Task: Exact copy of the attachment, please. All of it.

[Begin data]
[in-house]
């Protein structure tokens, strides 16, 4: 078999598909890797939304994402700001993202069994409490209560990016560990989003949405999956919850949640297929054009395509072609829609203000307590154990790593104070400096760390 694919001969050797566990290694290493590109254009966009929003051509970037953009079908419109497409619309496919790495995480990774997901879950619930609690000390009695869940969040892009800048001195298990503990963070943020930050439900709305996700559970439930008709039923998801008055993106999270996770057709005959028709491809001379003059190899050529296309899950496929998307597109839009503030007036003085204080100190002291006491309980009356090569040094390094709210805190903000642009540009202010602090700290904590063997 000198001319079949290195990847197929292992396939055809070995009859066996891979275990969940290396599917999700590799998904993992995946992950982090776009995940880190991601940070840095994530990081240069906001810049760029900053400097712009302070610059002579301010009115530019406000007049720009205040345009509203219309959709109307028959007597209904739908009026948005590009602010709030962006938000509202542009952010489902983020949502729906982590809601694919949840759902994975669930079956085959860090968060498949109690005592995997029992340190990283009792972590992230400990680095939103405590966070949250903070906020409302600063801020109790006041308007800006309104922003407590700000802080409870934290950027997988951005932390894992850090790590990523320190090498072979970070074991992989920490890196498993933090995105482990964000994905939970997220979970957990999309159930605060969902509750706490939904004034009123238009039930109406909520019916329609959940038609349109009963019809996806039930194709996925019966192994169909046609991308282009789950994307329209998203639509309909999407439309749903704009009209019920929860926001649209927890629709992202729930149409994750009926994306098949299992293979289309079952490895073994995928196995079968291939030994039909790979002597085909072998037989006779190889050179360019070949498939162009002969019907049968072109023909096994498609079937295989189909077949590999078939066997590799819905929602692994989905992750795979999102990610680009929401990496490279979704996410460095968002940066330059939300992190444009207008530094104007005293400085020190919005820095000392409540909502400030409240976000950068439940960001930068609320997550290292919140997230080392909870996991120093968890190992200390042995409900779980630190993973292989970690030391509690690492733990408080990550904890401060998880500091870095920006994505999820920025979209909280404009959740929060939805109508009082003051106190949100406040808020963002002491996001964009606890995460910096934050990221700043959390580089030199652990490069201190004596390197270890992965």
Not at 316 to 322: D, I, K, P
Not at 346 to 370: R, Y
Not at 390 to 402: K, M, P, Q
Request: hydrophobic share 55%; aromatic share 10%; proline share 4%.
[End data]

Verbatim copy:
[in-house]
């Protein structure tokens, strides 16, 4: 078999598909890797939304994402700001993202069994409490209560990016560990989003949405999956919850949640297929054009395509072609829609203000307590154990790593104070400096760390 694919001969050797566990290694290493590109254009966009929003051509970037953009079908419109497409619309496919790495995480990774997901879950619930609690000390009695869940969040892009800048001195298990503990963070943020930050439900709305996700559970439930008709039923998801008055993106999270996770057709005959028709491809001379003059190899050529296309899950496929998307597109839009503030007036003085204080100190002291006491309980009356090569040094390094709210805190903000642009540009202010602090700290904590063997 000198001319079949290195990847197929292992396939055809070995009859066996891979275990969940290396599917999700590799998904993992995946992950982090776009995940880190991601940070840095994530990081240069906001810049760029900053400097712009302070610059002579301010009115530019406000007049720009205040345009509203219309959709109307028959007597209904739908009026948005590009602010709030962006938000509202542009952010489902983020949502729906982590809601694919949840759902994975669930079956085959860090968060498949109690005592995997029992340190990283009792972590992230400990680095939103405590966070949250903070906020409302600063801020109790006041308007800006309104922003407590700000802080409870934290950027997988951005932390894992850090790590990523320190090498072979970070074991992989920490890196498993933090995105482990964000994905939970997220979970957990999309159930605060969902509750706490939904004034009123238009039930109406909520019916329609959940038609349109009963019809996806039930194709996925019966192994169909046609991308282009789950994307329209998203639509309909999407439309749903704009009209019920929860926001649209927890629709992202729930149409994750009926994306098949299992293979289309079952490895073994995928196995079968291939030994039909790979002597085909072998037989006779190889050179360019070949498939162009002969019907049968072109023909096994498609079937295989189909077949590999078939066997590799819905929602692994989905992750795979999102990610680009929401990496490279979704996410460095968002940066330059939300992190444009207008530094104007005293400085020190919005820095000392409540909502400030409240976000950068439940960001930068609320997550290292919140997230080392909870996991120093968890190992200390042995409900779980630190993973292989970690030391509690690492733990408080990550904890401060998880500091870095920006994505999820920025979209909280404009959740929060939805109508009082003051106190949100406040808020963002002491996001964009606890995460910096934050990221700043959390580089030199652990490069201190004596390197270890992965």
Not at 316 to 322: D, I, K, P
Not at 346 to 370: R, Y
Not at 390 to 402: K, M, P, Q
Request: hydrophobic share 55%; aromatic share 10%; proline share 4%.